Ethan Miska mixing in Ukraine. Photo: Ethan Miska/Instagram

Ethan Miska is a music producer from San Francisco, Calif., with a love for exploration and travel. During his many journeys, he resided in Berlin for several years, becoming fluent in German. His passion for adventure and discovery led him to spend the summer of 2021 in Kharkiv.

It was in Kharkiv that Ethan became acquainted with Ukrainian. Inspired by his family’s Eastern European heritage, with great-grandparents who immigrated to the United States from Ukraine a century ago, he decided to embrace the Ukrainian language and culture. However, he realized that Russian was predominantly spoken in Kharkiv, so he adapted to the local linguistic landscape and mastered spoken Russian to better communicate.

In February 2022, respecting his family’s concerns amidst the unfolding war, he left Ukraine.

During the Russian occupation of Kharkiv Oblast, Ethan’s close Ukrainian friend called him daily. Unable to directly assist her, he created a music album in her honour. The album, dedicated to supporting the volunteer community “Допомагаємо виїхати” (Helping to Leave), garnered the support of fellow musicians who donated all the profits from its listening sessions.

To raise more money, Ethan recorded messages, including an address in Ukrainian, where he passionately spoke about his charitable intentions. This propelled him beyond his initial “shopping” level of Ukrainian, allowing him to push the boundaries of his communication skills.

Speaking Ukrainian holds a special place in Ethan’s heart, transporting him back to the days in Kharkiv before Russia’s full-scale invasion of Ukraine. Simple words like “обережно” (pronounced “oberezhno,” meaning – attention) evoke memories of the closing doors in the Kharkiv metro, for example.

There are no words in Ukrainian that he dislikes, even the ones with the sound “щ” (pronounced “shch”), which he fears he may never be able to pronounce correctly.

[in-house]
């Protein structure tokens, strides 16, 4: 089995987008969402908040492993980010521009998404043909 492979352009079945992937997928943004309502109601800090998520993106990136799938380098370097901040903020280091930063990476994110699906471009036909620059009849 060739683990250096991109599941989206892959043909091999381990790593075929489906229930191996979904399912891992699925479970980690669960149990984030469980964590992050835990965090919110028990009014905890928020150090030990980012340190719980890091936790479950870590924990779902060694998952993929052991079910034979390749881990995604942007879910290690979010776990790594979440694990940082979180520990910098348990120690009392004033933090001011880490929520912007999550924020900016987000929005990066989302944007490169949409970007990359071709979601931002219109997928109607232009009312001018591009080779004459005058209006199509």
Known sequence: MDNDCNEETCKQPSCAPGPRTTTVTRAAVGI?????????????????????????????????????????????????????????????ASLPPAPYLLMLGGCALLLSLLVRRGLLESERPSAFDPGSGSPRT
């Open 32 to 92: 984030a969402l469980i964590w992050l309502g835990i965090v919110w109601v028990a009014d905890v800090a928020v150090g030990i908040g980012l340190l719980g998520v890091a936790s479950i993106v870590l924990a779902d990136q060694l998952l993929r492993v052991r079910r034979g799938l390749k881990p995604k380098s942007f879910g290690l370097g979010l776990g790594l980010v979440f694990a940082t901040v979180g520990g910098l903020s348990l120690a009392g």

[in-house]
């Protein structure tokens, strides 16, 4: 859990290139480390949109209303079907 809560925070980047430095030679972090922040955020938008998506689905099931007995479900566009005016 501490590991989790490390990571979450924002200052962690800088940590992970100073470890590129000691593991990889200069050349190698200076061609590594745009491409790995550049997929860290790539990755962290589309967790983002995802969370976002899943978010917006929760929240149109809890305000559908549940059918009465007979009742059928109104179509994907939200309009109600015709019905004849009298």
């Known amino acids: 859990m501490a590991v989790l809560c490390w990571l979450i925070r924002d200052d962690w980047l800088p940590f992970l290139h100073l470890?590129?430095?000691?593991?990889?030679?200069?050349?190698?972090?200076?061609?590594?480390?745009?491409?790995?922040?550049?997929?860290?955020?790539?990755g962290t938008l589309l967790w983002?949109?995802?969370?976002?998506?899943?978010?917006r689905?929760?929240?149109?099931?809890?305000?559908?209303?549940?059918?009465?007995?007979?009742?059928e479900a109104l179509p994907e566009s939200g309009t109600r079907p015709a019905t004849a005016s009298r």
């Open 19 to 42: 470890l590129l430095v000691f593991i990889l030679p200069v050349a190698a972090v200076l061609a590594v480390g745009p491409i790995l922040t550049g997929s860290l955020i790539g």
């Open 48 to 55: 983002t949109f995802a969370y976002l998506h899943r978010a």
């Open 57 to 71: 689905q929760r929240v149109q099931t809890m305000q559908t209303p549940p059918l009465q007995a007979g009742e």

“I don’t really know the difference between certain letters like ‘г’ and ‘ґ’ or ‘і’ and ‘ї’ (pronounced ‘h’ and ‘g’ – ‘i’ and ‘yi’). I tried watching a video about it once, but honestly, it didn’t help me grasp the sounds any better. Usually, during conversations, I instinctively skip over these letters,” he notes.

Ethan never heard of the “Russian-speaking jaw” phenomenon. Being familiar with several languages, he explains that different languages require the use of different muscles in the speech apparatus. So, before speaking in any foreign language, he warms up his jaw.

“But, I’m always ready to make a fool of myself and make mistakes during training and, of course, in real-life practice,” he concludes.

Ana: “Language is closely tied to statehood.”

learning Ukrainian
Ana Daukševič reporting in Ukraine. Photo: Ana Daukševič FB

Ana Daukševič, an experienced Lithuanian journalist, has been working as a war correspondent in Ukraine since 2017. While she learned Polish during her school years and later acquired Russian. Reporting from the war zone prompted her to study Ukrainian as well.

“At first, I communicated in Russian during my business trips to Ukraine, but later I found it uncomfortable as I realized it was the language of the aggressor country,” says Ana.

Recognizing the distinction between Ukrainian and Russian, she decided to learn the new language. During her language study, Ana sought guidance from her Ukrainian colleagues who helped correct her mistakes and explained pronunciation and writing rules. As the full-scale invasion of Russia into Ukraine unfolded in 2019-2020, she actively used Ukrainian in her work and faced the challenge of accurately translating words to Lithuanian, particularly dealing with differences in sounds like “і” and “и” and “г” and “ґ” (pronounced ‘i’ and ‘yi’ / ‘h’ and ‘g’).

Ana communicates in Ukrainian with minimal mistakes, thanks to daily interactions with her colleagues. Yet, she admits that certain words, such as “Укрзалізниця” (Ukrzaliznytsia, meaning – Ukrainian Railways), remain a mystery and pose challenges in pronunciation.

Ana values language as integral to statehood, pointing to Lithuania’s case, where everyone speaks Lithuanian despite their proficiency in other languages. She believes that the younger generation in Ukraine should avoid learning Russian because it can help counteract Russian propaganda, as it has done in Lithuania.

“Lithuanian youth remain unaffected by Russian propaganda because they don’t understand the language. If the young people in Ukraine also avoid learning Russian, it’s one of the ways to combat propaganda,” Ana emphasizes.

A short guide to the linguicide of the Ukrainian language | Infographics

According to a report by Duolingo, more people are interested in Ukrainian, with more than 1.3 million beginning to learn the language in 2022. People in countries far from Ukraine, such as Argentina, Japan, and Vietnam, are interested in the language, as a show of solidarity with Ukraine. For many years, Russian was considered a more popular language to study Ukrainian, but this trend is now shifting.